Hospitals have always existed with the purpose of facilitating health care. However, our methods to amend suffering of the ill and wounded have improved dramatically in the last century. Unlike modern hospitals, alleviated by the help of revolutionary medicines such as penicillin and anesthesia, hospitals one hundred years ago were forced to proceed with unconventional methods of practice. The changes that have been implemented have served to produce more reputable results.
Some of the very first executions of health care were provoked by the church. Public health and religion coincided, creating negligence in the actual curing of diseases. All primary actions were influenced heavily by the belief that the job was ultimately left for God to complete. Treatments would mainly include several reverent acts of prayer without the patient undergoing any further ministration. Hospitals would be more accurately described as a place for one to go to die (Mohr, 1999).
Health care was first elicited as more of an experimentation towards patients. Without our advancements in science and education, the treatments issued often endangered the patients even further. To prevent the spreading of infection limbs were regularly amputated. Instead of using reformed anesthesia, chloroform was administered to render the patient unconscious. This resulted in several cases of overdose and death, forcing them to endure intense pain and agony to avoid anesthetics.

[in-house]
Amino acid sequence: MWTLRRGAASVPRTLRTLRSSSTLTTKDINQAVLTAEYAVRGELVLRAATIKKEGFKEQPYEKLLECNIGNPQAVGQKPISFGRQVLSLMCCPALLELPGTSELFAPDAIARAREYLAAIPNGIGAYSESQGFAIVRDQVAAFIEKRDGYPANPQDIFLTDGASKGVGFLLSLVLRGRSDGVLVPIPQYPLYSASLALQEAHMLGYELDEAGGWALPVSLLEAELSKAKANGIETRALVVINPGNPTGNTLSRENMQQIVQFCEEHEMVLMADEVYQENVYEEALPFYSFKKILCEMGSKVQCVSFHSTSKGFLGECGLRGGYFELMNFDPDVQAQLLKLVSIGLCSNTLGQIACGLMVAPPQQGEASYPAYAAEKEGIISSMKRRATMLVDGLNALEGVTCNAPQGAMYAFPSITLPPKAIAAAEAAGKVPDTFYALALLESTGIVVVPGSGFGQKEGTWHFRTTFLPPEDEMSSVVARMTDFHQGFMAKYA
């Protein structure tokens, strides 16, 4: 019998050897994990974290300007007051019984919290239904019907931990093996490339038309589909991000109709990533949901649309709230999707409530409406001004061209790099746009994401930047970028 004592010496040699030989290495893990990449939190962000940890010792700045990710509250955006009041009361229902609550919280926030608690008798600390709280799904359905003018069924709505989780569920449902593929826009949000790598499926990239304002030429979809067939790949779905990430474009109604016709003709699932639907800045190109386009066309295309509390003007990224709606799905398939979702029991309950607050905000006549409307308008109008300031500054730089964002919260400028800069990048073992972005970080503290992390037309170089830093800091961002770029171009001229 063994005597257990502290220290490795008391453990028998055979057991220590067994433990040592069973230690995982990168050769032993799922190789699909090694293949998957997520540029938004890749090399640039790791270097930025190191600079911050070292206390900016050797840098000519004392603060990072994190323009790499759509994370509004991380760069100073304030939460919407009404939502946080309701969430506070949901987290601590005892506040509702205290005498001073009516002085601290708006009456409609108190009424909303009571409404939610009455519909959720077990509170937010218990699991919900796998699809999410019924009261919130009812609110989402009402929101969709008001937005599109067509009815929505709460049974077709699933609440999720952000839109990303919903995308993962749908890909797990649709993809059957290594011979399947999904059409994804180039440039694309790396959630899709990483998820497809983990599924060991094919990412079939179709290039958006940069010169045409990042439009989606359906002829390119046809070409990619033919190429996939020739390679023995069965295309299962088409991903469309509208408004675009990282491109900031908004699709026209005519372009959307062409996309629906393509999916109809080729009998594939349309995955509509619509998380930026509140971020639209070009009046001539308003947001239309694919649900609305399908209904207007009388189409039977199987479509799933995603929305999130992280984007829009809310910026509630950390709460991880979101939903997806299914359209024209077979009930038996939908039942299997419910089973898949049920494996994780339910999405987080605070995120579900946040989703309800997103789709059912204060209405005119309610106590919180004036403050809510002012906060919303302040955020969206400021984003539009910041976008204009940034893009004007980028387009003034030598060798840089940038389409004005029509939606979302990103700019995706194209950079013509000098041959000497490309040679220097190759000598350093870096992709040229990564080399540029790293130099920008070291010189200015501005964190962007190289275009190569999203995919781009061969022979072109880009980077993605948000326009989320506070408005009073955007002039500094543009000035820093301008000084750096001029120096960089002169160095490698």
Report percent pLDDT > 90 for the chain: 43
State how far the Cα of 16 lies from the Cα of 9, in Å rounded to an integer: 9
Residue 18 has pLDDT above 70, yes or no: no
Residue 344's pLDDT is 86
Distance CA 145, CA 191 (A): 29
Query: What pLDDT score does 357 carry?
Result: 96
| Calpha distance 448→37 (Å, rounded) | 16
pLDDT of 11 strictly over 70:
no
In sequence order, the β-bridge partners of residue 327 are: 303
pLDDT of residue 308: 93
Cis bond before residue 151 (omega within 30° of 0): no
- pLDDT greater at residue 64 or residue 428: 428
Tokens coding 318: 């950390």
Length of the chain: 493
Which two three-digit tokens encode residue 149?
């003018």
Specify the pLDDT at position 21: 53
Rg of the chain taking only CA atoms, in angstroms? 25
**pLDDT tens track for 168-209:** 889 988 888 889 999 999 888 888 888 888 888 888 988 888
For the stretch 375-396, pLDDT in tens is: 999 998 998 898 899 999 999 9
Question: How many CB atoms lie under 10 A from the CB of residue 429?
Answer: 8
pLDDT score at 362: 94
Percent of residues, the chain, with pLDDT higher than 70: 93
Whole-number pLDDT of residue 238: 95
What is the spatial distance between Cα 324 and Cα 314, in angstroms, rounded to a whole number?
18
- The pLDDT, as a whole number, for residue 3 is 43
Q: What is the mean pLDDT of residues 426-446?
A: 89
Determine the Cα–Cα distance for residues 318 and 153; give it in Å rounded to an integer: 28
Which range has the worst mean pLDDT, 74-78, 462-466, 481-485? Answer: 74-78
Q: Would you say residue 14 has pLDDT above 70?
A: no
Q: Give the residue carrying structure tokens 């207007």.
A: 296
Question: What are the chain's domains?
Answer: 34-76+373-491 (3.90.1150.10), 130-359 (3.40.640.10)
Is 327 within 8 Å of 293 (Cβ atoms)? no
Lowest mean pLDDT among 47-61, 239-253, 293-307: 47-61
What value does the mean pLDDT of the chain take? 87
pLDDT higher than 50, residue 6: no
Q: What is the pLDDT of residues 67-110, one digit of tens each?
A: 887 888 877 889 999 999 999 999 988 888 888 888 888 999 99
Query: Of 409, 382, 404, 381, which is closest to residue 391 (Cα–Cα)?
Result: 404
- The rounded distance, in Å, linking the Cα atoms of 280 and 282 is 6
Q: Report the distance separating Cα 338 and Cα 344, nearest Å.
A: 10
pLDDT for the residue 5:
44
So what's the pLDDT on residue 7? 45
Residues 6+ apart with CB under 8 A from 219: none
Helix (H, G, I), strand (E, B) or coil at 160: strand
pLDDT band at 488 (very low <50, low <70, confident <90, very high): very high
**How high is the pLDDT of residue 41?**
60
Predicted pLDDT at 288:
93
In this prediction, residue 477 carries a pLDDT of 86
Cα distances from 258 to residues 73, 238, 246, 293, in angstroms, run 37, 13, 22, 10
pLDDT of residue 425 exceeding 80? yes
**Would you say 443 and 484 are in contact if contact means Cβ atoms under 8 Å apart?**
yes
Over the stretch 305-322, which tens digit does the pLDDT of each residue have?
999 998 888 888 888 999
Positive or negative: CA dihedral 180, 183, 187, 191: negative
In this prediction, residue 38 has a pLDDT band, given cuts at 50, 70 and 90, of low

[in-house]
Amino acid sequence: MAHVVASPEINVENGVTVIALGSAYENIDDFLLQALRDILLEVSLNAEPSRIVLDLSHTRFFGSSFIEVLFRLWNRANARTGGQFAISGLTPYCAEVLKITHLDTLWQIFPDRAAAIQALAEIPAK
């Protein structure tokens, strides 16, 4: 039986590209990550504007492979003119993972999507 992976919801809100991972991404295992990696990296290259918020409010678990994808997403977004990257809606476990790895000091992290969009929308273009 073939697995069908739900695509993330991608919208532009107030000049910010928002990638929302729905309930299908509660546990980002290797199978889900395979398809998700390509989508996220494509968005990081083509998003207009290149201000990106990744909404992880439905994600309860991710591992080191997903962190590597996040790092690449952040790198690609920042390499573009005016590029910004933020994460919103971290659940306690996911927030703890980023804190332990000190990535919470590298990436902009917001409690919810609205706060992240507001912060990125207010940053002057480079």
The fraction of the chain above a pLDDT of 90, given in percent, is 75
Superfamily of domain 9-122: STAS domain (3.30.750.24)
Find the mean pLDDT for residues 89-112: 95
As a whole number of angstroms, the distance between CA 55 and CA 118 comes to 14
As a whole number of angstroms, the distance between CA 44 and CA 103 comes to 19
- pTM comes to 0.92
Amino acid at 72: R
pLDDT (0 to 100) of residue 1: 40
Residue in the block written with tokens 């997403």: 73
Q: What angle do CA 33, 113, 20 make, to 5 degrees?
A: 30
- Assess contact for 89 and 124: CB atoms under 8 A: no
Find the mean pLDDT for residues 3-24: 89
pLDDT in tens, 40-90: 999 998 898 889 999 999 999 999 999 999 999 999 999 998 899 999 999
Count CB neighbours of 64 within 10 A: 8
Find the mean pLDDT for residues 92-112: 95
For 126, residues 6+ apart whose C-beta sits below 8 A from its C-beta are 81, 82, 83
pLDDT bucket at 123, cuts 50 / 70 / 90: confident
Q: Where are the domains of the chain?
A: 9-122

Our advancements in healthcare have been holistic. Psychiatric care facilities of the 19th century were abhorrently inhumane. The hospitals were institutional prisons for the mentally ill, seeking more to confine them from the general public than to minimize their discomforts. Treatments ranged in severity, escalating as far as to be considered torturous for the patients. It was common for them to inject patients with large amounts of insulin and prefrontal leucotomy (Brunton, n.d.), or conduct electroshock therapy with results that could be irreparably damaging.
Overall, the changes in our healthcare system over the past 100 years can be largely blamed on our evolution in science. Our understanding of human biology has advanced to astounding levels. It is now possible to prevent the ailments that previously plagued our species, and to eradicate the austruity of the symptoms so that death is no longer an imminent factor. Miracles are now performed each day under the careful and trained eye of a certified Doctor. Modern hospitals in comparison to hospitals of the last century are much more reformed in their practices, and much more consistent with delivering optimum health care.